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Q&A Feature


as they were copying our product, something had to be done and fast…


You worked with Marie-Claude Delahaye – French cellular biology expert and Absinthe historian – How difficult was it working together when you can’t speak French?...


So in 1999, I decided to establish what real absinthe should be and whether I could bring it back and distil it again commercially in France, while under the existing ban. Switzerland was Absinthe’s original birth place, but France was Absinthe’s home of the Belle Époque period - Moulin Rouge, Paris and cocktails, expanded through her former colonial empire. My primary problem was going to be anyone who had distilled real absinthe pre-bans (1910/12 USA and Switzerland 1914/15 France) was long gone. My solution for returning absinthe was the French Absinthe Museum, and this is the place ‘under lock and key’ that I started to get a gauge on traditional absinthe with Marie-Claude Delahaye (Absinthe historian, Expert and owner curator of the French Absinthe Museum Auvers~sur~Oise). You’re correct in that my first barrier is that I speak no French, fortunately my fiancée at the time and wife today - Jane, can speak and write French. This is the point I moved from selling other people’s products under contract to setting up my own brand development company La Fée LLP. Working with Marie-Claude Delahaye and the French Absinthe Museum Auvers- sur-Oise, being the source of La Fée recipe, ensuring our global clients are getting real Absinthe (traditional French Verte (Green) Brand with our all seeing Eye Logo. In May 2000, we finally got permission from the French authorities to distil Absinthe again in France with La Fée. The key was that we could distil it as long as we exported. It turned out that the French ban was crafted to help protect the Absinthe producers to some degree, with no local primary market to supply and bans in all key markets, production naturally stopped. So with La Fée we became the first to investigate and challenge these technicalities and re-instate the commercial distillation for absinthe for France with Marie-Claude’s help and a local Parisienne Distillery with links to historical Absinthe.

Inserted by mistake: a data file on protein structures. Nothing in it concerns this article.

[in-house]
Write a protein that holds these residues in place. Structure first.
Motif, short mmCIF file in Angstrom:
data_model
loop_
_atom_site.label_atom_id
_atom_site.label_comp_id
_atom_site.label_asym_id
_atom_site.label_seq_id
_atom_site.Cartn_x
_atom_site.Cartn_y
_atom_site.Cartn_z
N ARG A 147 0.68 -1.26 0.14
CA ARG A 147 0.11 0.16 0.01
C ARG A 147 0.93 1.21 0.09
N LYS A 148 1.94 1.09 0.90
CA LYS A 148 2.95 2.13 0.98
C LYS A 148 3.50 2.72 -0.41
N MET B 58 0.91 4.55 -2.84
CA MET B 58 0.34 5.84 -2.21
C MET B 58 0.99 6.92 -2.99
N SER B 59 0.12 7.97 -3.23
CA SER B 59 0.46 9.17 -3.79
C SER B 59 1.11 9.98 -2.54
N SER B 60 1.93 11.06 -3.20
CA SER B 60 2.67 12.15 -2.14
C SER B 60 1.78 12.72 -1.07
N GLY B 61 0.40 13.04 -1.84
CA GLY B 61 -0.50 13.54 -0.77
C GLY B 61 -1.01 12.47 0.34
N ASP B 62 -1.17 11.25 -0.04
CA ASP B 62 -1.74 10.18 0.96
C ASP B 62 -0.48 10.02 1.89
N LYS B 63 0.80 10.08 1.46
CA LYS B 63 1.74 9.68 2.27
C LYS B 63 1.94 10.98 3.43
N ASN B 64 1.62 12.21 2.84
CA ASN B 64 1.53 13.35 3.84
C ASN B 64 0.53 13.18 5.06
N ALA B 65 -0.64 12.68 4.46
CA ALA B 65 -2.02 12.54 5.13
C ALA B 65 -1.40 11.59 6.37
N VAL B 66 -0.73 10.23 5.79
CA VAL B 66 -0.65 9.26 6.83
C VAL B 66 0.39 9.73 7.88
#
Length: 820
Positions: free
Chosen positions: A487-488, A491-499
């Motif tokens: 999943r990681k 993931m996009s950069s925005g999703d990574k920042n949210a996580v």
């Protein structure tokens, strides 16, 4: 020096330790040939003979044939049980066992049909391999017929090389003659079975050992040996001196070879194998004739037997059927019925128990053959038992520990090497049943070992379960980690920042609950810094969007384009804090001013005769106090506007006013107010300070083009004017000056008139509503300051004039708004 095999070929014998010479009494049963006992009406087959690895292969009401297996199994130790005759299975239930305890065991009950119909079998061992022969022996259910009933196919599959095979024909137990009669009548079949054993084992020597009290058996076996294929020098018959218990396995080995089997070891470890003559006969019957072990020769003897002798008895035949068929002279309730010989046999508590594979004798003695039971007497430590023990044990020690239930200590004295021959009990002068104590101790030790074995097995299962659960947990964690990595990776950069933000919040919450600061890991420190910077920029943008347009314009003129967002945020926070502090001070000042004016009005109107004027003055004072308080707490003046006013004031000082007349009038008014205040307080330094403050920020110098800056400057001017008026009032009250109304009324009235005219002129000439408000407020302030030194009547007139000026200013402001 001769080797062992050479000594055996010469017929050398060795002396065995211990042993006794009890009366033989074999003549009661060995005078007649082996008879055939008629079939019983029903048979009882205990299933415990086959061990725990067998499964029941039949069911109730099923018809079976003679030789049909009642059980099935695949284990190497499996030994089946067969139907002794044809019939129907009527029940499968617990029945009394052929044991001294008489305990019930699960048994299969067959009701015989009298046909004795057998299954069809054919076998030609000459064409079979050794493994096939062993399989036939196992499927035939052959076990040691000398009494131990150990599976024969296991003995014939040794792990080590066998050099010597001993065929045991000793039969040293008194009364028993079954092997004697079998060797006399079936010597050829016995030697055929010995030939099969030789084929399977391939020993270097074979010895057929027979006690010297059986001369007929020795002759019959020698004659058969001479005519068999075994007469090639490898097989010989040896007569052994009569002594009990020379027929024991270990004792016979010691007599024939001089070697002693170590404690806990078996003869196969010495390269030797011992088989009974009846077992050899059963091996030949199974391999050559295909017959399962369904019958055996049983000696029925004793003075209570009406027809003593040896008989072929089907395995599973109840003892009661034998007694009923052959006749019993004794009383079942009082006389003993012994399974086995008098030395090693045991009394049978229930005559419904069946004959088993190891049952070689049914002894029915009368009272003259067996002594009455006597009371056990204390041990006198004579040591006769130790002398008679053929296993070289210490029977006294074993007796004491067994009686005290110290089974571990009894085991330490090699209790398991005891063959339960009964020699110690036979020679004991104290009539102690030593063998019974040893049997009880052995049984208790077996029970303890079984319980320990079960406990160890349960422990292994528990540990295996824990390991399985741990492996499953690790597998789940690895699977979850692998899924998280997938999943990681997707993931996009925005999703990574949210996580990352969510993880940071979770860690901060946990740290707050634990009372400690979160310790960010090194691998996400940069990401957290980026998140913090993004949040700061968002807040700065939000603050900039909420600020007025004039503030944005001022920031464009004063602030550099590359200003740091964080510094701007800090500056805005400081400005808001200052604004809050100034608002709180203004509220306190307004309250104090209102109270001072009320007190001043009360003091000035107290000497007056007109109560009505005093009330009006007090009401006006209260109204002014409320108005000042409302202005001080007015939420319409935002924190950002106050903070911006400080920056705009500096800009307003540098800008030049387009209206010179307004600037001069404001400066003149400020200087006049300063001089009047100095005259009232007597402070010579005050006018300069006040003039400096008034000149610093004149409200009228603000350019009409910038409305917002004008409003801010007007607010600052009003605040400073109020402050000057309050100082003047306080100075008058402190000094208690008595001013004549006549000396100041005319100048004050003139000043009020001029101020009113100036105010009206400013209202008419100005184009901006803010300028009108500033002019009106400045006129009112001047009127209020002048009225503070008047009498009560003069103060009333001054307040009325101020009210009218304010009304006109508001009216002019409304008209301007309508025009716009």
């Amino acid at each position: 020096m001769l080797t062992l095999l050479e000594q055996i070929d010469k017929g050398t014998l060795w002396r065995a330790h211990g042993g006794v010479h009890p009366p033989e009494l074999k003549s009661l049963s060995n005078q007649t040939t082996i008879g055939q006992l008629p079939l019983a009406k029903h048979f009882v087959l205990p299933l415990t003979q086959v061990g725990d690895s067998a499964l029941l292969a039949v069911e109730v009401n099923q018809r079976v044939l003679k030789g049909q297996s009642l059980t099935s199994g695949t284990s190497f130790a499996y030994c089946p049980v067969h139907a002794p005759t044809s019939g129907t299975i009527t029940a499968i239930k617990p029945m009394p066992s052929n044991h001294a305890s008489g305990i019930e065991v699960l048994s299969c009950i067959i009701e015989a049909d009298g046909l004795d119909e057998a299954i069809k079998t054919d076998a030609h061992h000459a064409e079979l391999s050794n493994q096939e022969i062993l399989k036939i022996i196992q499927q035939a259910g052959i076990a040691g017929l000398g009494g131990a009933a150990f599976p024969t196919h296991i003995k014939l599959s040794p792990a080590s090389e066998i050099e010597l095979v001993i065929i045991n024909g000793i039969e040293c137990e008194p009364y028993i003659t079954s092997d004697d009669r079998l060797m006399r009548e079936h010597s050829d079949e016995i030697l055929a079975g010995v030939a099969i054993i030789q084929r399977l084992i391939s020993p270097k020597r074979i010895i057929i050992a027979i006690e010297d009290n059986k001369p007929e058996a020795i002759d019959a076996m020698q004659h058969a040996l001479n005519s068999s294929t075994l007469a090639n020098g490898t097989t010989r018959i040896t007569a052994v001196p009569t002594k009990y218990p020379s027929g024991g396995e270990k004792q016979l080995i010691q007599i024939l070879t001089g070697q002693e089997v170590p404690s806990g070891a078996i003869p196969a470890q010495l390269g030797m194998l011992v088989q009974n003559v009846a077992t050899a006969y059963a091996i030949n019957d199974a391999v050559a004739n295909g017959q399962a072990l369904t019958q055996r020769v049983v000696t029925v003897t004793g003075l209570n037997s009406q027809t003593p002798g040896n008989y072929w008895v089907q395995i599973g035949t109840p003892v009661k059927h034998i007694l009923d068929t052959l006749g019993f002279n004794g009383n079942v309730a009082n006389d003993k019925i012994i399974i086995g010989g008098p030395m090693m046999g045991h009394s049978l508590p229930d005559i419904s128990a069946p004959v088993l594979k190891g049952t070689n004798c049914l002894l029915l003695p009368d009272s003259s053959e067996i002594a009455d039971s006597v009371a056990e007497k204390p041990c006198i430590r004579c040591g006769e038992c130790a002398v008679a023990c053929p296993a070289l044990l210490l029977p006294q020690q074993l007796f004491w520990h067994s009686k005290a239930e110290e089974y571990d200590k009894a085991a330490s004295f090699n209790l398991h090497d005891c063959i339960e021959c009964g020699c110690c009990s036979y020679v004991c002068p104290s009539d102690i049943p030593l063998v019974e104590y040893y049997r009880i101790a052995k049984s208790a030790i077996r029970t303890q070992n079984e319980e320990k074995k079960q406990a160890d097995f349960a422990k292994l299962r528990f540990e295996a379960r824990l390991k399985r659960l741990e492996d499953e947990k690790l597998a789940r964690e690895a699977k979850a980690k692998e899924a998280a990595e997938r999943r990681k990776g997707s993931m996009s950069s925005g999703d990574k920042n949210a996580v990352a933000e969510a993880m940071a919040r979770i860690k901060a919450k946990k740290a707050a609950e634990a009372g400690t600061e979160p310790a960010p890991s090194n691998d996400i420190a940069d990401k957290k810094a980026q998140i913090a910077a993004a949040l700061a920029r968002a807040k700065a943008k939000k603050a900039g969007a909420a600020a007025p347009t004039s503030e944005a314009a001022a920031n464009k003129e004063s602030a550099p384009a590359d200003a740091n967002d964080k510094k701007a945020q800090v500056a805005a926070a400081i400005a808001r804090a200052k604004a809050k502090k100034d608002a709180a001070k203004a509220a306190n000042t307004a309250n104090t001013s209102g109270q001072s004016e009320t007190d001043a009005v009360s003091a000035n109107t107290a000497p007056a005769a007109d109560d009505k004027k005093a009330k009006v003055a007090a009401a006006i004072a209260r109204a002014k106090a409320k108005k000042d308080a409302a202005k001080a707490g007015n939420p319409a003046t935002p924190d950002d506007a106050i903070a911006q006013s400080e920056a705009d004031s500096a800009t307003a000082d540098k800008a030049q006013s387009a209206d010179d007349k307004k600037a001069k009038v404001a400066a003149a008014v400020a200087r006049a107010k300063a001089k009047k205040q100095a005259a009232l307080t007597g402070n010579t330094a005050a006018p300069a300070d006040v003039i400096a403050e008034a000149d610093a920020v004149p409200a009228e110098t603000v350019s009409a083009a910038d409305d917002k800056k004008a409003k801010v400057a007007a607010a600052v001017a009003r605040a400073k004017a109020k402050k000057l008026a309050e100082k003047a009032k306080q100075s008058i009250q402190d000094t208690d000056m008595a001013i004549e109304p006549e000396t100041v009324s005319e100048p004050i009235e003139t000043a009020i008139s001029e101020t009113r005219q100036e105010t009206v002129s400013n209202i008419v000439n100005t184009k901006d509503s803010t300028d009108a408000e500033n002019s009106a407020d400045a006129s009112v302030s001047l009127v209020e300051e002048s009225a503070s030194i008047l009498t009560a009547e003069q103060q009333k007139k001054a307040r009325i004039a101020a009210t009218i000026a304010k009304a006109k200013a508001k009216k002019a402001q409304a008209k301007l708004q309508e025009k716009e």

Brands like Pernod were then able to return, the Swiss ban was overturned some 5 years later and we also assisted the French


8 MARCH 2017


Federation of Spirits joined by other French distillers to repeal the French Ban off the statute book. Absinthe (with the e) is firmly back and now enables cocktail bars to recreate classics, invent and improve new and old cocktails.


How did you approach any negative pre-conceived opinions regarding Absinthe?...


Carefully, it’s an amazing spirit and essential to any professional bar making cocktails, so the last thing we needed was a cavalier attituded to such a deep and fascinating historical spirit. It helped early on having a ‘get out of jail free card’, being the document I created based on the EU directive and was signed off by Hertfordshire Trading standards, that was wheeled out a few times in the early days when local UK councils filed complaints. Our activities were even subject of a BBC Watchdog investigation and the subject was even raised in the Houses of Parliament. Having said all that, we were covered nicely on News Night by Jeremy Paxman. As we expanded into the EU, we were able to overcome other bans, one being the Italian Ban of 1932 (interestingly enough by referendum) - with the help of our local importer Velier it was established that because they did not reference the ban under the Maastricht Treaty of 1992, it was deemed void. To this day when we distil La Fée Parisienne Absinthe Supérieure in the Rhone Alpes, a sample is sent to both Marie-Claude in Paris or at the museum and to myself for prior approval before bottling.


Are there any other drinks you’d like to see a revival of?...


Unlikely, I think returning a category such as Absinthe to France is more than enough, which we now export around the world enabling classic serve or more often than not a crucial element of a fine cocktail. Having said that, if you find something even half as interesting - never say never!


Depending on origin, traditional absinthe typically has an alcohol content of around 68% abv for French absinthe and 53% abv Swiss ~ consume in cocktails or diluted in the classic serve with sugar


Above: Marie-Claude Delahaye & George Rowley on their way to the Launch of La Fée, 2000.


Depending on origin, absinthe typically has an alcohol content of around 68% abv for French absinthe and 53% abv Swiss.


contact@lafee.com www.lafeeabsinthe.com


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